9. Coat the cake balls: Remove only 2-3 cake balls from the refrigerator at a time. Dip a lollipop stick about 1/2 inch into the coating, then insert into the center or the cake ball. Only push it about halfway through the cake ball. Dip the cake ball into the coating until it is completely covered. Make sure the coating covers the base of the cake ball where it meets the lollipop stick. Very gently tap the stick against the edge of the measuring cup to allow excess coating to drop off. Decorate the top with sprinkles and place upright into a styrofoam block or box (as explained above). Repeat with remaining cake balls, only working with some out of the refrigerator at a time. The cake balls must be very cold when dipping!
  10. Coating will set within an hour. Store cake pops in the refrigerator for up to 1 week.


  1. Make Ahead Instructions: I always make the cake 1 day ahead of time. Cover and keep at room temperature. You can store the undipped cake balls in the refrigerator for up to 2 days or freeze them for up to 6 weeks. Allow to thaw in the refrigerator then continue with step 9. You can also freeze the finished cake pops for up to 6 weeks once the coating has fully set. Thaw overnight in the refrigerator.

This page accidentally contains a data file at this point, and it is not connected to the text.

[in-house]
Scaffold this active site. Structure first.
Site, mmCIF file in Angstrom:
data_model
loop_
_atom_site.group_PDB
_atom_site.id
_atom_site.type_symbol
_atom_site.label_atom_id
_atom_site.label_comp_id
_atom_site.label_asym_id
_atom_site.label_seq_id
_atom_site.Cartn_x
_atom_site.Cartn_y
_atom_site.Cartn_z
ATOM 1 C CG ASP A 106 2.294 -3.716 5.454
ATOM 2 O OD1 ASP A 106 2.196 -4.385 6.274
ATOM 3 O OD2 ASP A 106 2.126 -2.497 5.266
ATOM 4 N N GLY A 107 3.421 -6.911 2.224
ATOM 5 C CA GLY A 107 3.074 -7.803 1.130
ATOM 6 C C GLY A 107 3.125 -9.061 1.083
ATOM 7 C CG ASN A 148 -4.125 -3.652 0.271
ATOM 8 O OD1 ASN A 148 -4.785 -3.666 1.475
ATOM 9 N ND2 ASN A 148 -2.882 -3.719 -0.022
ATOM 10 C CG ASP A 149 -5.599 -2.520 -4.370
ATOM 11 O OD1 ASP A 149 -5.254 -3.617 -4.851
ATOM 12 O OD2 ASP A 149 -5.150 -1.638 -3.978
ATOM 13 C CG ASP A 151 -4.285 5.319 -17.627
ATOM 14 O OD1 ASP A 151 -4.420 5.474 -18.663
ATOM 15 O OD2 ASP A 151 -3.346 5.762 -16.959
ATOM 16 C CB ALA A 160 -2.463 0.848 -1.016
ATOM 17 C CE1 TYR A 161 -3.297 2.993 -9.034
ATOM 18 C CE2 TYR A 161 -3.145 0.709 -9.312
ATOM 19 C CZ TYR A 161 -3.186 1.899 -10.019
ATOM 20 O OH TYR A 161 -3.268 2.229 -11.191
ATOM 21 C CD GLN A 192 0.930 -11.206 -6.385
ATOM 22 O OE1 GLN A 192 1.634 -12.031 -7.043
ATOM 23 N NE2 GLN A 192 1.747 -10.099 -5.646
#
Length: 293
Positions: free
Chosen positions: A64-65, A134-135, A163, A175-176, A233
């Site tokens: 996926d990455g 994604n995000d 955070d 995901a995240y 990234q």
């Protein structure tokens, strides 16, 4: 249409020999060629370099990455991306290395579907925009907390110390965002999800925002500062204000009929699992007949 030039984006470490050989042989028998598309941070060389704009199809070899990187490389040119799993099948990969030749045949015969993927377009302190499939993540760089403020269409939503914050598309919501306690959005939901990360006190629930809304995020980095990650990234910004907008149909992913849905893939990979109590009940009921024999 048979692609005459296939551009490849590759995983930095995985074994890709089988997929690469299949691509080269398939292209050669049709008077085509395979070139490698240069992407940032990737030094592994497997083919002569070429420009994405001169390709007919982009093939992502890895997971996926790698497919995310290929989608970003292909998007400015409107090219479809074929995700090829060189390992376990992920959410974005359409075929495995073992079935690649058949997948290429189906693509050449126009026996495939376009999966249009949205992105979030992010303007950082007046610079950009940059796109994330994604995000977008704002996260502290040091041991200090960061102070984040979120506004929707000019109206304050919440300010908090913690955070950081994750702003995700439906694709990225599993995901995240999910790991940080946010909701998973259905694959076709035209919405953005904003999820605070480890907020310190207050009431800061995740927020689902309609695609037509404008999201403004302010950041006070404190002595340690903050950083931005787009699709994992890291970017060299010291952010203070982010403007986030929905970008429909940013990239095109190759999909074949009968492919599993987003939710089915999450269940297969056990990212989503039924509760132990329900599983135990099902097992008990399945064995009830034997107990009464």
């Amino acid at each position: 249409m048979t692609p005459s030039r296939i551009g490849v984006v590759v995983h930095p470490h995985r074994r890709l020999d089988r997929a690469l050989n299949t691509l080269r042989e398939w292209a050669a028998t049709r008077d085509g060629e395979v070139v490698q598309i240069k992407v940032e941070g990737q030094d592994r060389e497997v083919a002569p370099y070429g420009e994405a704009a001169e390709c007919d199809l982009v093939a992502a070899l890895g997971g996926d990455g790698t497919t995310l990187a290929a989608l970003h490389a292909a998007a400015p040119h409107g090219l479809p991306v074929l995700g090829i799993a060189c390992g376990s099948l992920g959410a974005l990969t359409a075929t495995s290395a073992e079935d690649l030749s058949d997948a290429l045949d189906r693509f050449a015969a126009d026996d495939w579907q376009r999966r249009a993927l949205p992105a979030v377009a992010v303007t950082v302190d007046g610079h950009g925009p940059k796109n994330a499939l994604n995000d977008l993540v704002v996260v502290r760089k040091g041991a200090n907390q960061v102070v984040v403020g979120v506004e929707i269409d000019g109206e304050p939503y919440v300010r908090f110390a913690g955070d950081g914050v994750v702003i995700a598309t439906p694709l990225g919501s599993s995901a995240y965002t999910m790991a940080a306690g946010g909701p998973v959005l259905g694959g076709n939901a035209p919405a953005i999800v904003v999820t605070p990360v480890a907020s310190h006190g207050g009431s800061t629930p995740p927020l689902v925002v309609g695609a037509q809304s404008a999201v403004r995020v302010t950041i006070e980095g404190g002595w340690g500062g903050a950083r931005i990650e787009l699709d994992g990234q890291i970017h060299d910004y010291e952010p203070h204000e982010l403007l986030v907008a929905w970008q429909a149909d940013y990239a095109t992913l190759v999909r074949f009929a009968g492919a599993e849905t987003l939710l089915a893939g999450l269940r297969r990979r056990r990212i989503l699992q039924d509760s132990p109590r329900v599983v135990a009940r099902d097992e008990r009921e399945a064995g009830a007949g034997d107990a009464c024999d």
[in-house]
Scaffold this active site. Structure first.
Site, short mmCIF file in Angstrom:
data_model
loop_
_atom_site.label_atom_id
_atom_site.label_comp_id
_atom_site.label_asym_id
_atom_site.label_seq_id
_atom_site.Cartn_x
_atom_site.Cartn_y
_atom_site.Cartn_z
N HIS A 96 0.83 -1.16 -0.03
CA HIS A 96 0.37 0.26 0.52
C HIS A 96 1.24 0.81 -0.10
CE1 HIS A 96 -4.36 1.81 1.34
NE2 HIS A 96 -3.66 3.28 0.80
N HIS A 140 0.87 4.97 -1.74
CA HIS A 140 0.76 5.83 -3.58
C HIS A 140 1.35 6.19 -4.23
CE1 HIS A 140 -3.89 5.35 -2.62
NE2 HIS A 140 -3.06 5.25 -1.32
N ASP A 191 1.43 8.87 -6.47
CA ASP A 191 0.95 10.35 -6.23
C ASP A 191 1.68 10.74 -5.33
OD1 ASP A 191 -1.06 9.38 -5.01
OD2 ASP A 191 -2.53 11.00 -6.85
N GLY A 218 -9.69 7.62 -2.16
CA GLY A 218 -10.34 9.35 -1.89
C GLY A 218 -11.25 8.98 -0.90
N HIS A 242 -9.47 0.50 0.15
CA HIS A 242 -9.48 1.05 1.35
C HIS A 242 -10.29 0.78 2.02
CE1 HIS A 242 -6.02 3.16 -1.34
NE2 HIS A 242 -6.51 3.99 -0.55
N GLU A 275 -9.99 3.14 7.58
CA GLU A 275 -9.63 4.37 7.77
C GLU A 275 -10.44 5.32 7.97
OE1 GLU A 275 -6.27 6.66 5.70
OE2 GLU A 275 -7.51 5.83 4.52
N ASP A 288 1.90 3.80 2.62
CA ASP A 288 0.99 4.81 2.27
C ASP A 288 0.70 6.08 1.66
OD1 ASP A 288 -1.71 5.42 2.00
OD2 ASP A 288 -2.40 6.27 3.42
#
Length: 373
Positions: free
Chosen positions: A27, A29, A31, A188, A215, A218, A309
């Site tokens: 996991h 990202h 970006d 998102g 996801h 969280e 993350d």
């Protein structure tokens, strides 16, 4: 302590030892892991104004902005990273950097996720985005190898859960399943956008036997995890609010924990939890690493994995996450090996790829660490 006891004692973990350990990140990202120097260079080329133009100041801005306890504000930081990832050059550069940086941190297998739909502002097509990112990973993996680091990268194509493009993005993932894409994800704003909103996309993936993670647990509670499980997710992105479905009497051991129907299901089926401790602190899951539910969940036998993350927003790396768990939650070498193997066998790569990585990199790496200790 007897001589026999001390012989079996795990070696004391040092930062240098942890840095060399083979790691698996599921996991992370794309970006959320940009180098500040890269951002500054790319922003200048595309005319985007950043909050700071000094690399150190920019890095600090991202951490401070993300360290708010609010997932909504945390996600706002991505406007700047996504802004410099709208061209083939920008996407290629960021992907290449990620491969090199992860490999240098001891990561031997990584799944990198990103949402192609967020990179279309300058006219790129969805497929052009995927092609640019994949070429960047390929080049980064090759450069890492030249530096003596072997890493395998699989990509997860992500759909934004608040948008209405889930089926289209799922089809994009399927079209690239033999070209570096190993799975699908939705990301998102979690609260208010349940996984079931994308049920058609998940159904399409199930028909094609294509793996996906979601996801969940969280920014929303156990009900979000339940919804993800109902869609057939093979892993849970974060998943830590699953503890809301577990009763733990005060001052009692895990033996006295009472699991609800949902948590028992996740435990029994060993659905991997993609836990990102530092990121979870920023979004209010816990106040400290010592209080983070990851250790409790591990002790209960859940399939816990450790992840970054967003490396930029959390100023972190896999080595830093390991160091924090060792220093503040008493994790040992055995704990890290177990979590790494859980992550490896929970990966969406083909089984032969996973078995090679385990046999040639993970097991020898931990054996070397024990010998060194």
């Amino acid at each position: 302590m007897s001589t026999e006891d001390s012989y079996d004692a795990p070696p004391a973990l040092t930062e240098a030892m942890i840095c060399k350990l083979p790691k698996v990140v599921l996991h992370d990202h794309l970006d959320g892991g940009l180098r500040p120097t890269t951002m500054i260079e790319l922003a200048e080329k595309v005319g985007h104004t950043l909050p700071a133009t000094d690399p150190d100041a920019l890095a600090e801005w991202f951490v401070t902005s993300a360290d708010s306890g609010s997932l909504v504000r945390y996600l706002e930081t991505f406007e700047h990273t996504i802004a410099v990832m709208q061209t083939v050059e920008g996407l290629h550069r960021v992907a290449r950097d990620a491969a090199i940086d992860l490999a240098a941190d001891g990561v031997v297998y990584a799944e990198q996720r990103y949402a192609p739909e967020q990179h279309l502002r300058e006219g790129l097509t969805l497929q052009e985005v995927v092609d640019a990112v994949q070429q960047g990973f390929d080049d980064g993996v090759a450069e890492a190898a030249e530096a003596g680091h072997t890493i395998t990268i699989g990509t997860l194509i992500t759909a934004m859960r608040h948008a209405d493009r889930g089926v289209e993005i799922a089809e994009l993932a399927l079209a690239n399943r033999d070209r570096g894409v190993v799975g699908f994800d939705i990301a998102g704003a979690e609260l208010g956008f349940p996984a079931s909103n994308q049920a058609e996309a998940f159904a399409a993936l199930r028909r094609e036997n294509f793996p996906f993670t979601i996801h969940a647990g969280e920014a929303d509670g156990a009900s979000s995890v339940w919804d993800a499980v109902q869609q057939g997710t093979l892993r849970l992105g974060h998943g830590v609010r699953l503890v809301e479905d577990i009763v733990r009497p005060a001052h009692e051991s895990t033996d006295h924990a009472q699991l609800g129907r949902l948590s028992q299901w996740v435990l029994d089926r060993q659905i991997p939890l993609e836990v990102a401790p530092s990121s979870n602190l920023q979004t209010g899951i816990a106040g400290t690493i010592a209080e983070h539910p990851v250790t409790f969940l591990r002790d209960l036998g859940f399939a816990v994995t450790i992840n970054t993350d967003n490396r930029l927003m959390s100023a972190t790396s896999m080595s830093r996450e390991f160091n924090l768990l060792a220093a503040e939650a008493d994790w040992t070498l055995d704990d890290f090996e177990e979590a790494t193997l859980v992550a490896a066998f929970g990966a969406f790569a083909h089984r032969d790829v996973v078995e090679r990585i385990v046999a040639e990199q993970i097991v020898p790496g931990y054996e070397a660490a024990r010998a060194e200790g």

2. Special Tools: KitchenAid Stand Mixer | KitchenAid Hand Mixer | Glass Measuring CupSpringform Pan | Silpat Baking MatHalf Sheet Baking Pan | Lollipop Sticks | Americolor Food Coloring
  3. Coating: You can use candy coating/candy melts, almond bark, or pure white chocolate. If using almond bark or pure white chocolate, chop it up before melting. Melt it down with 1/2 teaspoon vegetable oil to thin out so it’s easier to use as a coating. Semi-sweet, bittersweet, or milk chocolate work as well. Coarsely chop and melt down with 1/2 teaspoon vegetable oil to thin out. Keep warm over a double boiler.


  1. Hi, can I use extra virgin olive oil in my coating?
    Thanks x

    1. It will alter the taste of the coating. Don’t recommend.